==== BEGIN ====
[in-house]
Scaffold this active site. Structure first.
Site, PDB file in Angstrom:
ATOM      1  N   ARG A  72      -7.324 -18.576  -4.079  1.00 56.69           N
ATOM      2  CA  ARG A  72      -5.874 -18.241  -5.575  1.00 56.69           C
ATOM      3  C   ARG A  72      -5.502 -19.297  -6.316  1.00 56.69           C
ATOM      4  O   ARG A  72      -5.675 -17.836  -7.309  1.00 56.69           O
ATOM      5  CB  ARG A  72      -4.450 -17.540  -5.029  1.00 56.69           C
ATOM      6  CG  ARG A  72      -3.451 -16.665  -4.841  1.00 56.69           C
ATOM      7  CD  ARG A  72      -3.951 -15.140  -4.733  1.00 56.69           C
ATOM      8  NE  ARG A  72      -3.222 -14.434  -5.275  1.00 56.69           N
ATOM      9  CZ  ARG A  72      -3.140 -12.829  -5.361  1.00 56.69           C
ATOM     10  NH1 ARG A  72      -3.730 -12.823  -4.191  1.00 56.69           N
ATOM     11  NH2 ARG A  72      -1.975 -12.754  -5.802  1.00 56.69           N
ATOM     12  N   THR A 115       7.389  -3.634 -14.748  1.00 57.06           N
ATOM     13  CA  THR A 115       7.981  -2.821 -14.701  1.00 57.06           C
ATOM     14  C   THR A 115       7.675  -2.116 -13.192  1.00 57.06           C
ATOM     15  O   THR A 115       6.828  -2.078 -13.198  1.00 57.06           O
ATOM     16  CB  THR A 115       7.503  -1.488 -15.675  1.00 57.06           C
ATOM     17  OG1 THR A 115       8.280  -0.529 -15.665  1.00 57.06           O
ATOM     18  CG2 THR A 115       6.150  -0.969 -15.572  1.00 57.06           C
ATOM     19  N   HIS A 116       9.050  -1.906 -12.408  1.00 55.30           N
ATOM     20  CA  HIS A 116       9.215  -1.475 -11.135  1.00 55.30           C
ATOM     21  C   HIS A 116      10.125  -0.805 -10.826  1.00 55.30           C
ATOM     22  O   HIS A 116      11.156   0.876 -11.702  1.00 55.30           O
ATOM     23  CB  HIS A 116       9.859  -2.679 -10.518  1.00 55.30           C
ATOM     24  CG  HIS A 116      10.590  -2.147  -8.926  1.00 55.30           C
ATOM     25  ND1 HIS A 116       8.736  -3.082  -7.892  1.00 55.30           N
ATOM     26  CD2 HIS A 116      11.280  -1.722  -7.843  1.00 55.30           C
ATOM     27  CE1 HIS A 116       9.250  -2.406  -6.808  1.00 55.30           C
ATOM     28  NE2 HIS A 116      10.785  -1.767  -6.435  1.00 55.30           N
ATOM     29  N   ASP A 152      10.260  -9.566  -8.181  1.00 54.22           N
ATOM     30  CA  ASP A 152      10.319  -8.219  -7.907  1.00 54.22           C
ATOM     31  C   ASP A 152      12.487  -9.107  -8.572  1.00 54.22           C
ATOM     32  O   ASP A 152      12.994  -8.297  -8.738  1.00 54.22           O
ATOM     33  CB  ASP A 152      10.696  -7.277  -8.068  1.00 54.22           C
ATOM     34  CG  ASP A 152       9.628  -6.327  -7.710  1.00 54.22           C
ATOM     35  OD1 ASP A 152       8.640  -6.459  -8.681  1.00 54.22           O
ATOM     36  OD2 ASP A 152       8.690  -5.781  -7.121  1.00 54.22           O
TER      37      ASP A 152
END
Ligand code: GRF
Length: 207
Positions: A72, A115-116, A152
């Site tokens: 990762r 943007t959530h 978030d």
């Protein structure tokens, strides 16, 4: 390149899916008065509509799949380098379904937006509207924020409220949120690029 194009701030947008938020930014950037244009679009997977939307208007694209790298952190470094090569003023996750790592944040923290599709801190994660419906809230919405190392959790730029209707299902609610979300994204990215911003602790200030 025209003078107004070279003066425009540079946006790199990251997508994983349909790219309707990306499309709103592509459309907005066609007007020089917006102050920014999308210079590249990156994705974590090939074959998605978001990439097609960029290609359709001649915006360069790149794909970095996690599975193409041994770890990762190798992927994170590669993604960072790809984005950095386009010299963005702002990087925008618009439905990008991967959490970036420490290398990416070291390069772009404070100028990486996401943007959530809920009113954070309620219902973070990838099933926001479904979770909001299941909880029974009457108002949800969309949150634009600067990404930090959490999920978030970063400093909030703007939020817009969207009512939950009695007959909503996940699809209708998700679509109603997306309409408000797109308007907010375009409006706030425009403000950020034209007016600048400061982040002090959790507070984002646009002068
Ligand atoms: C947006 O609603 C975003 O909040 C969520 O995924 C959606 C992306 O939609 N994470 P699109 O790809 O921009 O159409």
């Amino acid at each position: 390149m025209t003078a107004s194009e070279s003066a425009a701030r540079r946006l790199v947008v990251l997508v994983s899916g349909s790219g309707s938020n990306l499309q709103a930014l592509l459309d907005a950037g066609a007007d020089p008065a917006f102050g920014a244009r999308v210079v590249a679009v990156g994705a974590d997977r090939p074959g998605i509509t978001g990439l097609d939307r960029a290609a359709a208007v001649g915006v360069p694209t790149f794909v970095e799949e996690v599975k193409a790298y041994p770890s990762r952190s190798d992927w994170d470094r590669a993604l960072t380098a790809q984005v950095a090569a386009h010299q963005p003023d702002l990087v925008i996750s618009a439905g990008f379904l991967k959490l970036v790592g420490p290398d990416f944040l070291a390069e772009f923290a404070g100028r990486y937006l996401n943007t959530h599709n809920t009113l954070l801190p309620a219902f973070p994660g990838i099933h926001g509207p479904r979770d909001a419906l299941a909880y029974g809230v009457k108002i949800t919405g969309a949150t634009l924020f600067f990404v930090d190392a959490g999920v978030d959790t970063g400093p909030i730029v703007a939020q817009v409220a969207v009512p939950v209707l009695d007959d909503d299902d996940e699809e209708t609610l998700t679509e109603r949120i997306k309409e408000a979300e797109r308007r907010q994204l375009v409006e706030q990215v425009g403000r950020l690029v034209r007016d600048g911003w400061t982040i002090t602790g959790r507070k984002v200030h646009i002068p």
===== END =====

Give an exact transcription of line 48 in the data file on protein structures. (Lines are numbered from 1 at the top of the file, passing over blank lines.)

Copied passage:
């Amino acid at each position: 390149m025209t003078a107004s194009e070279s003066a425009a701030r540079r946006l790199v947008v990251l997508v994983s899916g349909s790219g309707s938020n990306l499309q709103a930014l592509l459309d907005a950037g066609a007007d020089p008065a917006f102050g920014a244009r999308v210079v590249a679009v990156g994705a974590d997977r090939p074959g998605i509509t978001g990439l097609d939307r960029a290609a359709a208007v001649g915006v360069p694209t790149f794909v970095e799949e996690v599975k193409a790298y041994p770890s990762r952190s190798d992927w994170d470094r590669a993604l960072t380098a790809q984005v950095a090569a386009h010299q963005p003023d702002l990087v925008i996750s618009a439905g990008f379904l991967k959490l970036v790592g420490p290398d990416f944040l070291a390069e772009f923290a404070g100028r990486y937006l996401n943007t959530h599709n809920t009113l954070l801190p309620a219902f973070p994660g990838i099933h926001g509207p479904r979770d909001a419906l299941a909880y029974g809230v009457k108002i949800t919405g969309a949150t634009l924020f600067f990404v930090d190392a959490g999920v978030d959790t970063g400093p909030i730029v703007a939020q817009v409220a969207v009512p939950v209707l009695d007959d909503d299902d996940e699809e209708t609610l998700t679509e109603r949120i997306k309409e408000a979300e797109r308007r907010q994204l375009v409006e706030q990215v425009g403000r950020l690029v034209r007016d600048g911003w400061t982040i002090t602790g959790r507070k984002v200030h646009i002068p």